Some timely advice for drivers taking their pets on long journeys to that idyllic UK Staycation destination this July;
Pet owners are legally allowed to travel with their furry companions in the car, but what most don’t know is by not following the rules set out for travel in the Highway Code, they’re putting themselves at risk of being fined £13,000 in total. Research from Peter Vardy has revealed 5 mistakes pet owners are making when driving with the pooches – and should rectify immediately in order to avoid fines.
1. Travelling with your dog in the hot weather could land you with a £2,000 fine and an animal cruelty charge
It’s widely known that pets should not be left in a hot parked car for a prolonged period, or owners could be charged with animal cruelty and landed with a £2,000 fine.
However, what Brits don’t know is that it also applies to driving on long journeys. Direct sunlight through windows can send the temperature inside your vehicle skyrocketing and a hot enclosed space can lead to pets overheating and experiencing heat stroke symptoms. If you’re committing to a long journey in hot weather, you must take regular breaks and consider investing in sun shades to keep your pet cooler.
2. Letting pets out of the car on the hard shoulder could cost £2,500
Rule 56 of the Highway Code states that if you are broken down on a hard shoulder, you are not to let your pets out of the car. Doing so could not only cause a distraction to other drivers but a frightened pet could lose control and run out into the road, causing an accident.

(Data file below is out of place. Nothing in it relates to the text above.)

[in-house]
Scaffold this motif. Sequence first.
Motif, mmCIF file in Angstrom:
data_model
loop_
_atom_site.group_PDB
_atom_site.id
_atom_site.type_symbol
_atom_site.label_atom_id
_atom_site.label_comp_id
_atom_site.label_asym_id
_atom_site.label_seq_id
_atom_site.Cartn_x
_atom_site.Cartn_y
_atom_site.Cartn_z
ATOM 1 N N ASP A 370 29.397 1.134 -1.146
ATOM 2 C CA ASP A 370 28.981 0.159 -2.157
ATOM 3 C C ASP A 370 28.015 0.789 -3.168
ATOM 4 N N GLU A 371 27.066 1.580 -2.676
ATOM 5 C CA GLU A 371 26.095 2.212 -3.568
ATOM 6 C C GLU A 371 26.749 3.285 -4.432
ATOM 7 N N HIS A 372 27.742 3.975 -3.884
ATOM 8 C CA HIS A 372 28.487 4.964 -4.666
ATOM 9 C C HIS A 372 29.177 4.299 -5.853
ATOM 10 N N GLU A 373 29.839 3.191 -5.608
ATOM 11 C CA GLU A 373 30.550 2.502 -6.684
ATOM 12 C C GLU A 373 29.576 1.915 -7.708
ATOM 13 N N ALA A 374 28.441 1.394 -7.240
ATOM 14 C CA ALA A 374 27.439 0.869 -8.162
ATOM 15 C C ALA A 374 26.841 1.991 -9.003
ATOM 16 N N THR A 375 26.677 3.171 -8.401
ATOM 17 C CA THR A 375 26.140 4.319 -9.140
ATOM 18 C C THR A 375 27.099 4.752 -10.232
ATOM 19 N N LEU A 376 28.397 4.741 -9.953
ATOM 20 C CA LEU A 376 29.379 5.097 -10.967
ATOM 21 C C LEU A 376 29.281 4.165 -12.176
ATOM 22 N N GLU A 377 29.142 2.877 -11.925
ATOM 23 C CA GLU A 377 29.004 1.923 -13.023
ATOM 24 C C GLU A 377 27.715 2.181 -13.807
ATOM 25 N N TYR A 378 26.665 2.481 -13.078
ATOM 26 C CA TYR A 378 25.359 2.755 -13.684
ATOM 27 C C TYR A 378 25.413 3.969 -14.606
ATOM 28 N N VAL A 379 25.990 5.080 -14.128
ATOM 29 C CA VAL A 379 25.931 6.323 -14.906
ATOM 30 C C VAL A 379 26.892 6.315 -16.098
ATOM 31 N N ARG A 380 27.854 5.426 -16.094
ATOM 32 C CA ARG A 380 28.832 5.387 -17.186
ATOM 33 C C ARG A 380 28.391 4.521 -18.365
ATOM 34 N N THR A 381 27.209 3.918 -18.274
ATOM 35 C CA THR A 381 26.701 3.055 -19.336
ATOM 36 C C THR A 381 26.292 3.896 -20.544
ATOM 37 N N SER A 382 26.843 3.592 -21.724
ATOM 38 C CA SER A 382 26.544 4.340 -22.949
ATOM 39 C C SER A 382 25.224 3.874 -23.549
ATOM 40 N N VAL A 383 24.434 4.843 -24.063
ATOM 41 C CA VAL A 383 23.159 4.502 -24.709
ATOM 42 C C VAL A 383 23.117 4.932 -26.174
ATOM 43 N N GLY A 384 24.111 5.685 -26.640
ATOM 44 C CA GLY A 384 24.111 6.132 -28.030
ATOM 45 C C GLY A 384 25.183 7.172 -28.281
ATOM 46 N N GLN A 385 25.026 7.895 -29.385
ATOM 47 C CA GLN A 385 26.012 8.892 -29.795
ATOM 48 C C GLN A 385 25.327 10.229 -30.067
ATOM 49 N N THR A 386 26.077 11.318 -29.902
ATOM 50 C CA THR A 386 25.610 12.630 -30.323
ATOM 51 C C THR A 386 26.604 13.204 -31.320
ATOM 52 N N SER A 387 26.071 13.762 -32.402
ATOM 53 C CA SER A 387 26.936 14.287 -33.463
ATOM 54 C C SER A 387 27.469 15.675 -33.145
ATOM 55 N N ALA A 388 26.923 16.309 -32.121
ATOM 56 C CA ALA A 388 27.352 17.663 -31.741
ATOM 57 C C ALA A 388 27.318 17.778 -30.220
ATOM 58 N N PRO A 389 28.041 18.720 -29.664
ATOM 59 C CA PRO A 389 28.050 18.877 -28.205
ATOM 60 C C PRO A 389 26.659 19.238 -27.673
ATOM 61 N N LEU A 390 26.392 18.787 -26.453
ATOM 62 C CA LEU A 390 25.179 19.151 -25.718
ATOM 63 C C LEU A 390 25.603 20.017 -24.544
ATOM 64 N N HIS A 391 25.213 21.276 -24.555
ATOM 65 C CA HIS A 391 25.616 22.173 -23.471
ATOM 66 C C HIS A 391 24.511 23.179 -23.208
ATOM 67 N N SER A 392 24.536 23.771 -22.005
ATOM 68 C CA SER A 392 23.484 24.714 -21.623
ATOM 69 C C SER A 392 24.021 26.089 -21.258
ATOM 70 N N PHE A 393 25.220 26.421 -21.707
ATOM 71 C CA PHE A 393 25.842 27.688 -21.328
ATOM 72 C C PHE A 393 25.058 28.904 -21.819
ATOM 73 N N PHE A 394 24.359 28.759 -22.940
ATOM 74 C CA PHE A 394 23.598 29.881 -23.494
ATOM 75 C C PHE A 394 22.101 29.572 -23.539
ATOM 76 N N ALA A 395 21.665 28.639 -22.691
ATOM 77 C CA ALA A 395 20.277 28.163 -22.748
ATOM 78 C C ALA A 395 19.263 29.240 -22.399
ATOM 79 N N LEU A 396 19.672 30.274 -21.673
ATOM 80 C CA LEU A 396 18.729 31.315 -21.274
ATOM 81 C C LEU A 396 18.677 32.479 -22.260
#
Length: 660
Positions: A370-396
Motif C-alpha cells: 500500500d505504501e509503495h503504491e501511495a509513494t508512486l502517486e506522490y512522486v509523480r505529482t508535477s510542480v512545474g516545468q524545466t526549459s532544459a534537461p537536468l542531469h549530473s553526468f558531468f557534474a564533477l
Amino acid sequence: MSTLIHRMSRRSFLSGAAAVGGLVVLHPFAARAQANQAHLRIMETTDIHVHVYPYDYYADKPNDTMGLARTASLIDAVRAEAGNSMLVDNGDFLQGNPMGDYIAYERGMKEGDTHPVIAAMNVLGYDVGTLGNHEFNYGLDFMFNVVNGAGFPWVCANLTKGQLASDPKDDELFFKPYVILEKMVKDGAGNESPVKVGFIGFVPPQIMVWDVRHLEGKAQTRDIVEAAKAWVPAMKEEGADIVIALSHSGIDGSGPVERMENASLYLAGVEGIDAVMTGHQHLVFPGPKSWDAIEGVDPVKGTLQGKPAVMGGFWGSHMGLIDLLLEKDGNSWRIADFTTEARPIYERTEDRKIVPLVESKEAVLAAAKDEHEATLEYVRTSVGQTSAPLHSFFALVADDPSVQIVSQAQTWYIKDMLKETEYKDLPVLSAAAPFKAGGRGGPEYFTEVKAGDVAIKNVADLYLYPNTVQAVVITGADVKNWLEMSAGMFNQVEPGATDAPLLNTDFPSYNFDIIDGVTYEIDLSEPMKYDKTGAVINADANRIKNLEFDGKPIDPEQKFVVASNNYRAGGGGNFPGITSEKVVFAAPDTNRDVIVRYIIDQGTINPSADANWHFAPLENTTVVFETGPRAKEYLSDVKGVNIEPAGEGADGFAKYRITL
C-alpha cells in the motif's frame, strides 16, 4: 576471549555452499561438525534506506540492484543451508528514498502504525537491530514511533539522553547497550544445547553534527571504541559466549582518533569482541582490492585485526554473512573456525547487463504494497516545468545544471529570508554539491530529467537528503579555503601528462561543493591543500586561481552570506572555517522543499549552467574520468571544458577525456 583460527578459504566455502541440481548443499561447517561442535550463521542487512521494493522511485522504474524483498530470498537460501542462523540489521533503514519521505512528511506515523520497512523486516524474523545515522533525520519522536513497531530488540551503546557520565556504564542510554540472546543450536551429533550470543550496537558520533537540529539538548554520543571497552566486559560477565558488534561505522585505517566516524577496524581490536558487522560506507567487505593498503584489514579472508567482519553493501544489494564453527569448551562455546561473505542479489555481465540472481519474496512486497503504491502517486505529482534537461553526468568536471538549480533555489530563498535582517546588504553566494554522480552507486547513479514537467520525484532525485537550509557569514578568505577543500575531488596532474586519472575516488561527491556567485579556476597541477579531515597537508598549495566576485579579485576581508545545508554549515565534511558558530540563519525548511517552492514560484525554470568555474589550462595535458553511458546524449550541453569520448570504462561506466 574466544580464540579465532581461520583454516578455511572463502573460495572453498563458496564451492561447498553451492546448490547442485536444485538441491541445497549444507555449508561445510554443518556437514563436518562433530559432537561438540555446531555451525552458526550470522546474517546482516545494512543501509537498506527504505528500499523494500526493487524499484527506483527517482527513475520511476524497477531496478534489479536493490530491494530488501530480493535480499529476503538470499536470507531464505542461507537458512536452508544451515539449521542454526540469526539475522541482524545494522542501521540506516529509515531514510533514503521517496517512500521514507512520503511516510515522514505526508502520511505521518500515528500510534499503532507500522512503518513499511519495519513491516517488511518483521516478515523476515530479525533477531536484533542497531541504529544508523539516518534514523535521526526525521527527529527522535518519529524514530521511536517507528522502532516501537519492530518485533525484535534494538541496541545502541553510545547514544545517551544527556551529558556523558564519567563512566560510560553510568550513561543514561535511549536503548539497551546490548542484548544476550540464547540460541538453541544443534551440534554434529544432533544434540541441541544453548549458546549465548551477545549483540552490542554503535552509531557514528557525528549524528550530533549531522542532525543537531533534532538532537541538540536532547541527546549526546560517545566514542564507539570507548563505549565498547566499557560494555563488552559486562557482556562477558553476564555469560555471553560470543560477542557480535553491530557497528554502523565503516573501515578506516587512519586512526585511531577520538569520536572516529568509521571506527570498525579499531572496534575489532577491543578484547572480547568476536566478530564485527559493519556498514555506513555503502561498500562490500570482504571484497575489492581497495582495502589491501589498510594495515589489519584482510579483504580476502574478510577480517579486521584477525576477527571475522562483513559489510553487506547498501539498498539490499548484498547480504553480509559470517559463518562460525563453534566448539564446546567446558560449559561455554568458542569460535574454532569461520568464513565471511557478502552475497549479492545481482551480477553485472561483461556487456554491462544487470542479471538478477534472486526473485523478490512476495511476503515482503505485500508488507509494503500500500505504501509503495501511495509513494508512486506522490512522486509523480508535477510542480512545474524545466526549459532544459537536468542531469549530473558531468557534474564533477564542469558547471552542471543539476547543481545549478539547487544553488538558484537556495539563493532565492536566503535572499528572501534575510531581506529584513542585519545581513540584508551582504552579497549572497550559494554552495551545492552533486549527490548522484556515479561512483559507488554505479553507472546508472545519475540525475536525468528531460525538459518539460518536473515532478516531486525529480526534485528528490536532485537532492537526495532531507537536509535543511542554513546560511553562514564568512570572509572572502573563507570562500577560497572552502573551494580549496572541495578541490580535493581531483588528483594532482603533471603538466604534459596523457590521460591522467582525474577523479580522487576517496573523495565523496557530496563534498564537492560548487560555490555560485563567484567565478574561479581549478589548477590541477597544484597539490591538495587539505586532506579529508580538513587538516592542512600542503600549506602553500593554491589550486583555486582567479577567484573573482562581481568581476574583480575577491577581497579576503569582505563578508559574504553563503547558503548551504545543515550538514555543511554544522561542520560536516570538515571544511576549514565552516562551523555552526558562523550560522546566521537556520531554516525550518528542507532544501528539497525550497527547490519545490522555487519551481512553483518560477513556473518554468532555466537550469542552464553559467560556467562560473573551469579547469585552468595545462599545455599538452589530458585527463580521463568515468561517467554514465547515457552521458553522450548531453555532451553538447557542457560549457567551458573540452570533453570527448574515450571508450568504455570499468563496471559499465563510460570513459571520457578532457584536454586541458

Failing to follow this rule could land you with a careless driving fine of up to £2,500.
3. Not securing your pets properly could cost you £5,000
There’s more to travelling than putting pets on the back seat and hoping for the best. Rule 57 of the Highway Codes state that dogs should be “suitably restrained” so they do not injure you or themselves. Should a pet that is roaming freely cause you to swerve or break suddenly, you could be landed with a careless driving fine of up to £5,000.
A crash-tested pet seatbelt, cage or secure carrier are the most suitable options for securing your pooch.
4. A distracting dog could land you with a £1,000 fine
Pups that aren’t comfortable with car journeys can resort to howling or causing a struggle when trying to get out of their cage. These displays of car anxiety can distract drivers, meaning they’re likely to be pulled over by the police and slammed with a £1,000 fine for not having “proper control” of a vehicle.
5. A dog sticking their head out of the window could cost you 3 points and a £2,500 fine
Many pets like to stick their heads out of windows of cars while travelling. Not only could this be a sign of a pet that is not properly secured, it could also cause a distraction to other drivers travelling at high speeds. Although not a legal requirement set out in legislation, you could still be pulled over for “driving without due care and attention” which comes with three points on your licence and a £2,500 fine.